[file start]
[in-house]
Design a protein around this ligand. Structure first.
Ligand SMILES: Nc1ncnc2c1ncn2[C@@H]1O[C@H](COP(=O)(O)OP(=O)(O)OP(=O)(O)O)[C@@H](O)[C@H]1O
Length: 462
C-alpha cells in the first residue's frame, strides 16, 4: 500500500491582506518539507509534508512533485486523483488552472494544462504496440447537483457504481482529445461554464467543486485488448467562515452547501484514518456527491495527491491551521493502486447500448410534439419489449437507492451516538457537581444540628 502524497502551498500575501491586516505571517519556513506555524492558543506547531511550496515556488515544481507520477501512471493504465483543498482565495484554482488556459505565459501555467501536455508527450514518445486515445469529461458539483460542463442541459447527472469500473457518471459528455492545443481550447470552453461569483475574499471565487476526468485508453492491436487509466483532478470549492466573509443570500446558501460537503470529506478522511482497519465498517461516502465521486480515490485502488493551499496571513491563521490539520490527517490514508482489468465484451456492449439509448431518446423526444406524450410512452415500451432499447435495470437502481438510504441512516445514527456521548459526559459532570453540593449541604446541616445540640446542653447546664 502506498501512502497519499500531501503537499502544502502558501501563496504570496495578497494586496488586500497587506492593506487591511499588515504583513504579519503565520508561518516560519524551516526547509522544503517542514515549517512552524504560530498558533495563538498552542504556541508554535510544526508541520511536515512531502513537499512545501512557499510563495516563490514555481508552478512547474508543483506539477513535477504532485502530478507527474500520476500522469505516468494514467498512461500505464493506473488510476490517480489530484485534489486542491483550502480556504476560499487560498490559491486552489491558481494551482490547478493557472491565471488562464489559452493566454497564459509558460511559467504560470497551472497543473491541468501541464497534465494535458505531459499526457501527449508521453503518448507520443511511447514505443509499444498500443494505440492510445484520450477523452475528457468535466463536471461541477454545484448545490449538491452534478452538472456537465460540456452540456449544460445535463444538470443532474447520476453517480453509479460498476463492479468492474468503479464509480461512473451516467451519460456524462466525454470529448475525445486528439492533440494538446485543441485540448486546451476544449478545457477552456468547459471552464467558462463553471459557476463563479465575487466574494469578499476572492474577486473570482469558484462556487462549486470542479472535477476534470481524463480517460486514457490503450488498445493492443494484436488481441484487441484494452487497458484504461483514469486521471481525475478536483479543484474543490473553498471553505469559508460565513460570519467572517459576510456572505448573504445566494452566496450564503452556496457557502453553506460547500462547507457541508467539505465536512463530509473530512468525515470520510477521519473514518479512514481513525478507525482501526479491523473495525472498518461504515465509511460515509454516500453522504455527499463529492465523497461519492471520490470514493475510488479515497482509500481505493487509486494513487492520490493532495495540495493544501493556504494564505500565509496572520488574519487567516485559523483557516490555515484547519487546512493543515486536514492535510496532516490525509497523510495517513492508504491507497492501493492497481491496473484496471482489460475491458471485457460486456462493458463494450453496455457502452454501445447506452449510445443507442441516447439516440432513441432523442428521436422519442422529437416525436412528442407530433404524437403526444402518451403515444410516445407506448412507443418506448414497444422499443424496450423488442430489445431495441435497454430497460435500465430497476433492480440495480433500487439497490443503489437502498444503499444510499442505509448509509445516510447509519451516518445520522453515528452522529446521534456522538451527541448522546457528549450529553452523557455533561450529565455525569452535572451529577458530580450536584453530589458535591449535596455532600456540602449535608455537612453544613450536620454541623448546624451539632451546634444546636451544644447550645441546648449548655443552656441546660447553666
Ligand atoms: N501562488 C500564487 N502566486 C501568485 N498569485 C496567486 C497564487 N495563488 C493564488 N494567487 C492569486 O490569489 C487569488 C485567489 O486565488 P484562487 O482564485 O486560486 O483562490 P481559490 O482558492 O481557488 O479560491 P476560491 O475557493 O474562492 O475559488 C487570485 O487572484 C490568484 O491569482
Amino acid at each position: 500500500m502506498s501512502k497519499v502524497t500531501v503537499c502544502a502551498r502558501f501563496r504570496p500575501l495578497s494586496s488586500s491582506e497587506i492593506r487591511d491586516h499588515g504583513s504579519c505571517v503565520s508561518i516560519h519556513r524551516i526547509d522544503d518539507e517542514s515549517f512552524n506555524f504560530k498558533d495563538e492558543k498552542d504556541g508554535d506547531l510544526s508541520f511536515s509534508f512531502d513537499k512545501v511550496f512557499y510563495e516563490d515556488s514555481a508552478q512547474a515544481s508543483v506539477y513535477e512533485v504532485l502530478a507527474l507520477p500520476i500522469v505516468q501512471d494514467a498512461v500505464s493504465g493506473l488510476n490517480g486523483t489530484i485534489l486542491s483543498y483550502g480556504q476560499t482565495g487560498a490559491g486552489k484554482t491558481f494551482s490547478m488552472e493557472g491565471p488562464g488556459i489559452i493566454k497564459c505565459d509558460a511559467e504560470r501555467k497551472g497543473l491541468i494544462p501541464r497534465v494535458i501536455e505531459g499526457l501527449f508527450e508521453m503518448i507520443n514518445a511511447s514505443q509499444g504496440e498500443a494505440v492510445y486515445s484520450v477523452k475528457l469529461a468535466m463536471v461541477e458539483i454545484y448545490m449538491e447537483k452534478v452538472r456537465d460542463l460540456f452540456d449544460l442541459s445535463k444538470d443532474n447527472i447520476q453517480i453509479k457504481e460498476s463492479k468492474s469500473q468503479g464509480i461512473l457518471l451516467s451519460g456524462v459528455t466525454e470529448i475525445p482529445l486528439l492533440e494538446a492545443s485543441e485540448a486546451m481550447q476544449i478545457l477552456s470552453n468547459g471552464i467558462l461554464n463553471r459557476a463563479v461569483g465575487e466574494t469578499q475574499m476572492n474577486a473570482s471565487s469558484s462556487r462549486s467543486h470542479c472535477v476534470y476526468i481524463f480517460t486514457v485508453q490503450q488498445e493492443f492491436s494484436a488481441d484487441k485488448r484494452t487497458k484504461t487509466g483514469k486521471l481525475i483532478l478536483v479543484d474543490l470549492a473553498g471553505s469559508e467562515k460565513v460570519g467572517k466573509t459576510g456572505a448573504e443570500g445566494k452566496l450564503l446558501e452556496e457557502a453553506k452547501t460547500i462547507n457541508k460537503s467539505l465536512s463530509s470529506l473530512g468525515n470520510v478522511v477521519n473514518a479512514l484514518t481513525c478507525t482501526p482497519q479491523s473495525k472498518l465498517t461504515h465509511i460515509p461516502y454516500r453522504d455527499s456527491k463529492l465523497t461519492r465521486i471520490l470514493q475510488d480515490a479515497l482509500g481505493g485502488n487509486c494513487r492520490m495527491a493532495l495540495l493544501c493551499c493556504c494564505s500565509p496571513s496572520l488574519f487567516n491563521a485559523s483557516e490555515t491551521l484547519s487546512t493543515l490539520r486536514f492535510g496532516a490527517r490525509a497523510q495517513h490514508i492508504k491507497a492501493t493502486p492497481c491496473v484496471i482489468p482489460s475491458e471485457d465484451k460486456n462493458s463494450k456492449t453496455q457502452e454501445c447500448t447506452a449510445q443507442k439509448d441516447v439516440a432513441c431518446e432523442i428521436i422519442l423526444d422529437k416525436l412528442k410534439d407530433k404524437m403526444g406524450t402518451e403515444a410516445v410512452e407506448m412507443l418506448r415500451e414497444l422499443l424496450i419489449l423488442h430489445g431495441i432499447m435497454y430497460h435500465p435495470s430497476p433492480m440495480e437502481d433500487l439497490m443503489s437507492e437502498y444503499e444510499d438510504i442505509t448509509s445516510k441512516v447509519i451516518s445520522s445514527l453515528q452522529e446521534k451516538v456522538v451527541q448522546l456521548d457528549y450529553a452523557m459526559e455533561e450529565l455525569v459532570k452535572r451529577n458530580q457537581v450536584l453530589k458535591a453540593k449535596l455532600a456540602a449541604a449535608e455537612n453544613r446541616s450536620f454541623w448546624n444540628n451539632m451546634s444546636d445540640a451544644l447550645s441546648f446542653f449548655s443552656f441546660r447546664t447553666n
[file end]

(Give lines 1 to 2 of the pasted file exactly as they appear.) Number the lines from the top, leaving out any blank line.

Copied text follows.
[in-house]
Design a protein around this ligand. Structure first.